Medical professionals at Health City Cayman Islands recently completed the first transcatheter aortic valve implantation (TAVI) in the country.
The complex cardiac procedure, an alternative to open heart surgery, was performed on Cayman Islands patient Dianna Merren in February. It was the first such procedure to be performed in the English-speaking Caribbean, Health City officials said.
Health City CEO Chandy Abraham said in a press conference last week that the procedure marks the establishment of a Structural Heart Disease Interventional Program at Health City, which will use the “heart valve team” concept Health City physicians have created.
The heart valve team who performed the procedure on Ms. Merren was comprised of Health City senior cardiologist Dr. Ravi Kishore, senior cardiac surgeon Dr. Binoy Chattuparambil, and assisted by senior anesthesiologist Dr. Dhruva Krishnan. The physicians were guided by Dr. Stephen Brecker from St. George’s Hospital in London.
“This is indeed a proud moment for Health City and the Cayman Islands, as successful completion of such a complex procedure speaks volumes about the capabilities of our doctors and what we have been able to achieve as a hospital in just under two years,” Dr. Kishore said in a press release. The procedure was life-changing and life-saving for Ms. Merren, 75.
“I have been very sick for a long time, so when the doctors at Health City offered me a safe solution, I was very grateful,” Ms. Merren said in a press release. “Being the first patient for this procedure made me a little nervous, but the wonderful medical team put my fears to rest, providing me with all the information I needed to understand the procedure and the risks.”
Prior to the procedure, Ms. Merren had been regularly admitted to a hospital for heart failure caused by a condition called severe valvular aortic stenosis.
According to Dr. Kishore, the aortic valve is the most important valve in the heart, as it connects the main pumping chamber of the heart, the left ventricle, to the major artery of the body, the aorta. During severe valvular aortic stenosis, blood is unable to flow freely between those two conduits and the heart becomes less efficient.
The condition usually affects the elderly, and symptoms include shortness of breath, chest pains, dizzy spells and blackouts. The condition is very serious, causing recurrent heart failure and even sudden death. People who have developed symptoms from the condition have a 50 percent chance of dying within the first two years following diagnosis, unless the aortic valve is replaced.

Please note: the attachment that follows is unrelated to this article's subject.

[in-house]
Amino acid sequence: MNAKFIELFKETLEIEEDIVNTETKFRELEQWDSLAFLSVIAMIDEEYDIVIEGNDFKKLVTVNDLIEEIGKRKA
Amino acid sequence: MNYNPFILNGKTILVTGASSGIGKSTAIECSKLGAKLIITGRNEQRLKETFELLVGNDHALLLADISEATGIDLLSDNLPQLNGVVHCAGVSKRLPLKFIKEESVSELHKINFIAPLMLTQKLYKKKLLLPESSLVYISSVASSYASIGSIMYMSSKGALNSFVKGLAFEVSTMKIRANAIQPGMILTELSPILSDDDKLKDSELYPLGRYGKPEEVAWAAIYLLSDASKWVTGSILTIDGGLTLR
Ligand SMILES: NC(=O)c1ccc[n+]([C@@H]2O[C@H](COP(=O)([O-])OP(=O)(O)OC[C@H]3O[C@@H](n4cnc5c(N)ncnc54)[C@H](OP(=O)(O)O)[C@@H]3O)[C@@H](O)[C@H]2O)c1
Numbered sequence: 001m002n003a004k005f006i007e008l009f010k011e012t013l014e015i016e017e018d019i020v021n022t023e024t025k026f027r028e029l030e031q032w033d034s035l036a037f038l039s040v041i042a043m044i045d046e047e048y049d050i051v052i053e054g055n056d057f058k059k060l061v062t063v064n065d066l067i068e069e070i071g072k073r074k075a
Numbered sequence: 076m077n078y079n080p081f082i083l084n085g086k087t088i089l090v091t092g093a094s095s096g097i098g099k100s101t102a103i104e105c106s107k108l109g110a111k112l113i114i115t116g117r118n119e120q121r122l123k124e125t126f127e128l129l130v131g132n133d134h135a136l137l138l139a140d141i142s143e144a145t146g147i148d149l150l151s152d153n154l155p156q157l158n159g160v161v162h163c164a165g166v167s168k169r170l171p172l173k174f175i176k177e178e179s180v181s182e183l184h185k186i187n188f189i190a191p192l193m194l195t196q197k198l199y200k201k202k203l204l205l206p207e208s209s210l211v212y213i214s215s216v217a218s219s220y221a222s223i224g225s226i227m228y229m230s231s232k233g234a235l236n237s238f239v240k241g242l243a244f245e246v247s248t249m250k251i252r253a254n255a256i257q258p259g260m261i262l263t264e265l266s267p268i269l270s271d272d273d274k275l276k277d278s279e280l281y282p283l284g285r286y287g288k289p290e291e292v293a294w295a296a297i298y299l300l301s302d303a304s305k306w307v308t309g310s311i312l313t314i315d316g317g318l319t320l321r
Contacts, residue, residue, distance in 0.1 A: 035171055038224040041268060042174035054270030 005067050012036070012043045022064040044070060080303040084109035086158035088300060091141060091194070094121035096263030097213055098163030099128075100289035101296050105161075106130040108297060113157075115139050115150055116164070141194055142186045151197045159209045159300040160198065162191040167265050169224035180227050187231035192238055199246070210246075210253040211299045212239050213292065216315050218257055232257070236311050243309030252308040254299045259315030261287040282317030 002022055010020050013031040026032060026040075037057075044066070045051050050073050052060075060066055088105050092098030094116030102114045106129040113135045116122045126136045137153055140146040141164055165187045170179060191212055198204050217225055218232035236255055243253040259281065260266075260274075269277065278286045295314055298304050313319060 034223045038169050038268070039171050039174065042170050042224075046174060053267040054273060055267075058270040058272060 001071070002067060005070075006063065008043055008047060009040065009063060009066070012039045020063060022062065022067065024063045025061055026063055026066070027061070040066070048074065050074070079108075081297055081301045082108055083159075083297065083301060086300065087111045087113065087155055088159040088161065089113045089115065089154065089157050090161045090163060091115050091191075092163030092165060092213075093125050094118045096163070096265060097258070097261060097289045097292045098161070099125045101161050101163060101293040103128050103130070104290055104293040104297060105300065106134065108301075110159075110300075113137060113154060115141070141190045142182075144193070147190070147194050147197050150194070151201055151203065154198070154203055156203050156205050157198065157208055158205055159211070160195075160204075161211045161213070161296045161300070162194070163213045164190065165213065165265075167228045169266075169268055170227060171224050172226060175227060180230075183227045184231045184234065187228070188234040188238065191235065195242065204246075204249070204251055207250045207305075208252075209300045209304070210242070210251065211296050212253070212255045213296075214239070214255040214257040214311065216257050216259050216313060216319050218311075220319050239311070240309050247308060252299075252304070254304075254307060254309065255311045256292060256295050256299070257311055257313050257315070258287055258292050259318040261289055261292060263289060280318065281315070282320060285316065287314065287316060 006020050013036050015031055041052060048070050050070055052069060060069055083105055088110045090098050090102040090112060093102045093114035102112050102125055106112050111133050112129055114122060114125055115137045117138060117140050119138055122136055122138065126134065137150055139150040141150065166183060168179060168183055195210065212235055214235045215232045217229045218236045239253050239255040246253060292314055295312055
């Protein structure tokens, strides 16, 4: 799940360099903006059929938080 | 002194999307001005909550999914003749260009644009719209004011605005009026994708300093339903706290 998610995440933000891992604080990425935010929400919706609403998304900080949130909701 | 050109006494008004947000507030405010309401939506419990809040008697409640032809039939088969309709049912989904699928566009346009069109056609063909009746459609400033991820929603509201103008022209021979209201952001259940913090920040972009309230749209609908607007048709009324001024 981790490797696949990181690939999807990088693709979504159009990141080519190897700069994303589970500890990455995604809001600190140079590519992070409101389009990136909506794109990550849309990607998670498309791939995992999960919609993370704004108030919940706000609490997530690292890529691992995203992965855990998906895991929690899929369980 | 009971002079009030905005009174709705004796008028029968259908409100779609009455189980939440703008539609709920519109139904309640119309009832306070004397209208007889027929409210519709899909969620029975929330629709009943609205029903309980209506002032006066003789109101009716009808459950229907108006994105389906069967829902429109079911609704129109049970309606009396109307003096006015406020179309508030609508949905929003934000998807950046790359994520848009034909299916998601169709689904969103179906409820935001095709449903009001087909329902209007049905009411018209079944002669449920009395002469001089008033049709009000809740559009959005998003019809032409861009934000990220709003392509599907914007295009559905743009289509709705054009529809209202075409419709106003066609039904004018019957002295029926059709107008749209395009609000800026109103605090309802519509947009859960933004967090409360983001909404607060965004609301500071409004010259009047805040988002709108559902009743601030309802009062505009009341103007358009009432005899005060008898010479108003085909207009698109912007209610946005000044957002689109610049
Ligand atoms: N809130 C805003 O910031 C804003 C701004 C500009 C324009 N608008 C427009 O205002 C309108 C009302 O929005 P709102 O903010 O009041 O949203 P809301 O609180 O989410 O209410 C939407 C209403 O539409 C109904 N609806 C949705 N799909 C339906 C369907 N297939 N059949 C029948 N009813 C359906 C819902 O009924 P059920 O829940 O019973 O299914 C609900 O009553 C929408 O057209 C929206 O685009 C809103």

Typically, the valve would be replaced during a surgical valve replacement, which involves surgically opening the chest. However, many patients with severe valvular aortic stenosis, such as Ms. Merren, are deemed too high risk for open heart surgery.
The TAVI procedure, which is a minimally invasive surgery, is an alternative for such high-risk patients. During the procedure, an artificial valve is inserted through a 6mm or 7 mm opening in the upper thigh under general anesthesia.
Ms. Merren’s procedure took just under two hours, and she was discharged from the hospital within a couple of days.
“The surgery has changed my life, and I am already feeling much stronger and healthier,” Ms. Merren said.
According to Dr. Kishore, 3 percent of all people over the age of 75 and 5 percent to 7 percent of people over the age of 80 have severe valvular aortic stenosis. The cardiologist estimates there are probably 50 patients in the Cayman Islands with undiagnosed aortic stenosis.
“Considering Cayman Islands has one of the highest longevities in the world, this is going to be an important treatable problem,” Dr. Kishore said at the press conference.
Dr. Kishore said the success of the procedure “firmly establishes the competence” of Health City’s cardiovascular team in handling complex procedures, and the team plans to introduce many such complex hybrid procedures with the Structural Heart Disease Interventional Program.
Dr. Abraham said Health City is “extremely proud” of its physicians, nurses and technicians who make it possible for the hospital to offer such complex procedures that benefit individuals who are suffering.
“The most gratifying thing for us, more than the technical prowess of doing something like this, is to have made a difference to another person, and this is what exemplifies the team and the work here at Health City Cayman Islands,” Dr. Abraham said.
“Our focus is to be patient-centered and to collaborate across various specialities to improve access to advanced high-tech care in this region.”